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Bush’s ‘surge’ will get more Canadian soldiers in Afghanistan killed; Hello Harper, MacKay?

A rather edgy title, but I’m in an edgy mood today, after reading some things that’s made me post this.

I’ve already written today about the quagmire that Bush is looking to make worse by proclaiming a final ‘surge’ of troops is needed to ‘win’ the war in Iraq. The problem is he is short on available reserves to send, and he isn’t going to institute a draft, and the citizenry of America aren’t going to rush to the Army’s recruiting halls to volunteer, so he’ll need to borrow troops from other theaters, and one of those theaters happens to be Afghanistan.

According to this report, he will be taking a battalion out of Eastern Afghanistan in the next couple of weeks, and this will be happening as the Taliban begin a major offensive and while commanders there are requesting more troops to counter this:

According to Army Brig. Gen. Anthony J. Tata and other senior U.S. commanders here, that will happen just as the Taliban is expected to unleash a major campaign to cut the vital road between Kabul and Kandahar. The official said the Taliban intend to seize Kandahar, Afghanistan’s second-largest city and the place where the group was organized in the 1990s.….”It is bleak,” said Col. Chris Haas, commander of the Joint Special Operations Task Force in Afghanistan. “The gains we have made over the past few years are mostly gone, said a bearded Special Operations officer..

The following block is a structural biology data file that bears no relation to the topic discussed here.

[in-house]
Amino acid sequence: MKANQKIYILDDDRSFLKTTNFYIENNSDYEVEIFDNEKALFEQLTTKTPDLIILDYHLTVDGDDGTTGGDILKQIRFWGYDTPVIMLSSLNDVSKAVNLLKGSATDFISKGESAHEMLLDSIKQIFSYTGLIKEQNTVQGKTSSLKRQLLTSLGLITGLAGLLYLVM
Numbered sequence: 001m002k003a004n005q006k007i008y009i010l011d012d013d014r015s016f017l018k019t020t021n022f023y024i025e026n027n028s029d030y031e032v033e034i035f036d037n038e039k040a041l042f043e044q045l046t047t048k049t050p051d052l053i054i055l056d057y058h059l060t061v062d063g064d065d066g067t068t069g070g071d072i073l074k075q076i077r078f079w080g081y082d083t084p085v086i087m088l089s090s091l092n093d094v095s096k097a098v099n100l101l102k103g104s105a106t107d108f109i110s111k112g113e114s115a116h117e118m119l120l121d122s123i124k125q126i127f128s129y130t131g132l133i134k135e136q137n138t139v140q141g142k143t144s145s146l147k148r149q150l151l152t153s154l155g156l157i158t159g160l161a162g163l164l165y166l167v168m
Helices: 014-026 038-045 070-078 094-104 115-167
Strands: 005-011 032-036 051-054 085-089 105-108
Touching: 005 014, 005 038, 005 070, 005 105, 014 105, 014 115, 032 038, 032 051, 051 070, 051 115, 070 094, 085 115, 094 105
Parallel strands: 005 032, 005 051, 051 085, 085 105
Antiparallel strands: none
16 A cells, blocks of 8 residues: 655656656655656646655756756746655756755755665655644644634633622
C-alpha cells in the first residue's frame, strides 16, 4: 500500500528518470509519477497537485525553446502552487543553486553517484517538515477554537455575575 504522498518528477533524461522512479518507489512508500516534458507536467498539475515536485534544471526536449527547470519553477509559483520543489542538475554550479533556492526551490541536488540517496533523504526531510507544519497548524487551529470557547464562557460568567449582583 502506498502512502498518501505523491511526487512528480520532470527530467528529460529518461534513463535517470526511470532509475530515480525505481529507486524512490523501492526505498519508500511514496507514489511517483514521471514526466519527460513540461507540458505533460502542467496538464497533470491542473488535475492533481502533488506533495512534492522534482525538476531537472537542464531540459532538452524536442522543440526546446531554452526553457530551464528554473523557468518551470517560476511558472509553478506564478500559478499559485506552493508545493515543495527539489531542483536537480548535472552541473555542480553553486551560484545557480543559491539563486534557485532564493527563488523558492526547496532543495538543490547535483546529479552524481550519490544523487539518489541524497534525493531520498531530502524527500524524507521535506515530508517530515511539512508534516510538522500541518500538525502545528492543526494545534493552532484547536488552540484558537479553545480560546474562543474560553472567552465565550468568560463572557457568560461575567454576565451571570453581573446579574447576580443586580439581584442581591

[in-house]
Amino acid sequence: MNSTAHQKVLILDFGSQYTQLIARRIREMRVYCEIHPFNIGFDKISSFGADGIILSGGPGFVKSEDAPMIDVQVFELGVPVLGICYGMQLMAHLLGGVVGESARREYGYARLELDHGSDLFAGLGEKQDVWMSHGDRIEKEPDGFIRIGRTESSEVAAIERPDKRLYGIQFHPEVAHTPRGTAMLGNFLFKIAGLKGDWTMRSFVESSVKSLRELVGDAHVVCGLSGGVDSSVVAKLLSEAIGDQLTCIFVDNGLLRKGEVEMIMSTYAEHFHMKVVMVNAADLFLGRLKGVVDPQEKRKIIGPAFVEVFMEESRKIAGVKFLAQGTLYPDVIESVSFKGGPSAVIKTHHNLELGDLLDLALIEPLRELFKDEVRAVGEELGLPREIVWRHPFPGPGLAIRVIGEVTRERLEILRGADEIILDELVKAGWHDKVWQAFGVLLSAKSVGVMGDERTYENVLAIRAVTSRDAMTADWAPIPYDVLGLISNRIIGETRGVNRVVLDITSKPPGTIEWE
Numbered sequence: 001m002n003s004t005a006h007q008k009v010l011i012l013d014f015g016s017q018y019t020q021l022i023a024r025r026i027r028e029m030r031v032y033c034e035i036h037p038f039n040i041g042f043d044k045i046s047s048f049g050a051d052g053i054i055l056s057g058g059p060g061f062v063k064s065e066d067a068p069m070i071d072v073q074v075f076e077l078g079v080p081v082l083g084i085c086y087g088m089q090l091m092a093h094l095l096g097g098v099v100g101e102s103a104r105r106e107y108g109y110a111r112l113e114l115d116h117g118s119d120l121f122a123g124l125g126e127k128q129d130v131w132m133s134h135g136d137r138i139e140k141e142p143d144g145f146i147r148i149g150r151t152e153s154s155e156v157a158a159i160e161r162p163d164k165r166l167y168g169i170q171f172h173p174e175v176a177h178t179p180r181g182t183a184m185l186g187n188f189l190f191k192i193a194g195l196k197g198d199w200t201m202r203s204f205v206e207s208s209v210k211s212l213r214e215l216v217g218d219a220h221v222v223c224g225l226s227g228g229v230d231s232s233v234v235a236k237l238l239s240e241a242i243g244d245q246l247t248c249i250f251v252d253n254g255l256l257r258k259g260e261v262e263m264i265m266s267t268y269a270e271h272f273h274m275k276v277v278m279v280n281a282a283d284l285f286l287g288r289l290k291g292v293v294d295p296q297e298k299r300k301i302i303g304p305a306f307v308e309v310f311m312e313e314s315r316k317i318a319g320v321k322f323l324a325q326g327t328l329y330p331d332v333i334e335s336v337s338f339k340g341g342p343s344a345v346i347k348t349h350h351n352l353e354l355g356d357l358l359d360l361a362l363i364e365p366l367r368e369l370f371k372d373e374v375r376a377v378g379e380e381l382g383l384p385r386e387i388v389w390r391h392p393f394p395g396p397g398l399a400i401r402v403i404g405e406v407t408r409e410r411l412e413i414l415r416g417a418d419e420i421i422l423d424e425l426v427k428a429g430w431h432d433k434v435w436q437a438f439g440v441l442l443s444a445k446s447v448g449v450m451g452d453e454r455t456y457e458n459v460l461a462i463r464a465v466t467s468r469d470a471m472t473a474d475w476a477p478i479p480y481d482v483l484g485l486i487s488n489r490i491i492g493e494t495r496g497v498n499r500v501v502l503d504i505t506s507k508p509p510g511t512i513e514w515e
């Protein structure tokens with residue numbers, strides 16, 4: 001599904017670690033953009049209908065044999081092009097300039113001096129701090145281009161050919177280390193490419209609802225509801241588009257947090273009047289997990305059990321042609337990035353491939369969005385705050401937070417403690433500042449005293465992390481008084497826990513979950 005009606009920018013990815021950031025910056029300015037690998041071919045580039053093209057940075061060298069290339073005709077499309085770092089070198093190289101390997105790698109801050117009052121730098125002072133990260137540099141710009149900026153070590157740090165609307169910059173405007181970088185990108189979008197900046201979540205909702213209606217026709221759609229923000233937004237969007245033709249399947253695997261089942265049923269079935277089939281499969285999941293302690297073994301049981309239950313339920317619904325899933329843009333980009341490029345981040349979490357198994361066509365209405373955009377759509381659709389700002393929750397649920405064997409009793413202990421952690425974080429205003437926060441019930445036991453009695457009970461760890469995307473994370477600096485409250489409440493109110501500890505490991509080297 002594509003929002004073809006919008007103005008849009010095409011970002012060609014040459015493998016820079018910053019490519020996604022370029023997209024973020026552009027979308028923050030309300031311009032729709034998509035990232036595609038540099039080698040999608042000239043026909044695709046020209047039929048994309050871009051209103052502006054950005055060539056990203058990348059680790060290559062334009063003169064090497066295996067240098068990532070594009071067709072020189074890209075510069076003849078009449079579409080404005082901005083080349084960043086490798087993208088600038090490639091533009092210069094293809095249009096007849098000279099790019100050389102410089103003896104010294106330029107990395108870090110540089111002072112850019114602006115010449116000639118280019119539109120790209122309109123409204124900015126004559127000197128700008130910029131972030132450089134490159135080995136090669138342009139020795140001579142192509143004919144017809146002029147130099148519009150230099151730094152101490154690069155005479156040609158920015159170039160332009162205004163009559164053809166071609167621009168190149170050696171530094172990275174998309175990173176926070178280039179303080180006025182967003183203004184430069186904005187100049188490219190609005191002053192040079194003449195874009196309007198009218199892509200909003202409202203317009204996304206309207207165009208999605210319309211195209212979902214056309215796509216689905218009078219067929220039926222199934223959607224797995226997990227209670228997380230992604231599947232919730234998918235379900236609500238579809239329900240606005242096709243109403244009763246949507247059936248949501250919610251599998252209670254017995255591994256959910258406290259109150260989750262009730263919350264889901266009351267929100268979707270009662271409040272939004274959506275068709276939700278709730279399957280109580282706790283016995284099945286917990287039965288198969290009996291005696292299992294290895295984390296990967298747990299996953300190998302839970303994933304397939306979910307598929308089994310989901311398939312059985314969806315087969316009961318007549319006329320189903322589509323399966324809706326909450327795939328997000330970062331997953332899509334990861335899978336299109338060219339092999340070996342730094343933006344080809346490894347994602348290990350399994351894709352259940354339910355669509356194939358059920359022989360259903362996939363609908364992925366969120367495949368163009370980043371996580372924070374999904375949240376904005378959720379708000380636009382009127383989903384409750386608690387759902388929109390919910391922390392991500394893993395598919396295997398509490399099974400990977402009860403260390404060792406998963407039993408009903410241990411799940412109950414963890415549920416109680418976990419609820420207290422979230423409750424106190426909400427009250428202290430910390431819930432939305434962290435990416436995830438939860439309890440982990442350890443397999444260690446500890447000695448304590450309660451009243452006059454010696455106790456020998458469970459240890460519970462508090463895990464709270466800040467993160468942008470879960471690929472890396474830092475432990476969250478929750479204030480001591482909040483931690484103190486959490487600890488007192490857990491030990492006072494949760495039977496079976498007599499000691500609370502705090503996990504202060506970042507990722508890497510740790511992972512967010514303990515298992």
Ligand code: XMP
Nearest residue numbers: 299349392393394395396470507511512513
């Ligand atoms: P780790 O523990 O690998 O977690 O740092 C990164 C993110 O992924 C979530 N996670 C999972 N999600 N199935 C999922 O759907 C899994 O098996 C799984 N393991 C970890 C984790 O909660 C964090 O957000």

The most infuriating part of the whole report is this quote:

Conway said US commanders understand that the Afghan war is an “economy of force” operation, a military term for a mission that is given minimal resources because it is a secondary priority, in this case behind Iraq.

Where are a lot of Canada’s soldiers as part of this NATO operation? Why, we’re in Kandahar – the city that the aforementioned Taliban are aiming to capture and/or cut communications between it and Kabul. It appears while the US ‘surge’ in Iraq is taking place, we’ll be left with what other NATO forces remain there trying to defend the city and keeping the communication and travel routes to Kabul open – in this “secondary priority” mission.

So, I ask this question: besides Peter MacKay proclaiming how everything is nice and rosy and progressing quite fine in Afghanistan, and promising a stern “talking-to” of Pakistan, has he and Harper been doing anything to persuade the US that Afghanistan – and our soldier’s lives and the lives of others – should be more then just “secondary priority”, and that if troops are being taken out of there, other troops from the US or NATO should be brought in to replace them to help Canadian soldiers defend Kandahar from this predicted Taliban offensive?

Here’s what some of our blogging friends south of the border had to say about this “strategy”. First, from Firedoglake:

To sum up, we’re about to have three surges simultaneously. We will surge US troops into Iraq; to allow that, we will surge US troops out of Afghanistan; to take advantage of that, the Taliban will surge all over Afghanistan. Symmetry.
Where are the grownups?

And from The Washington Monthly: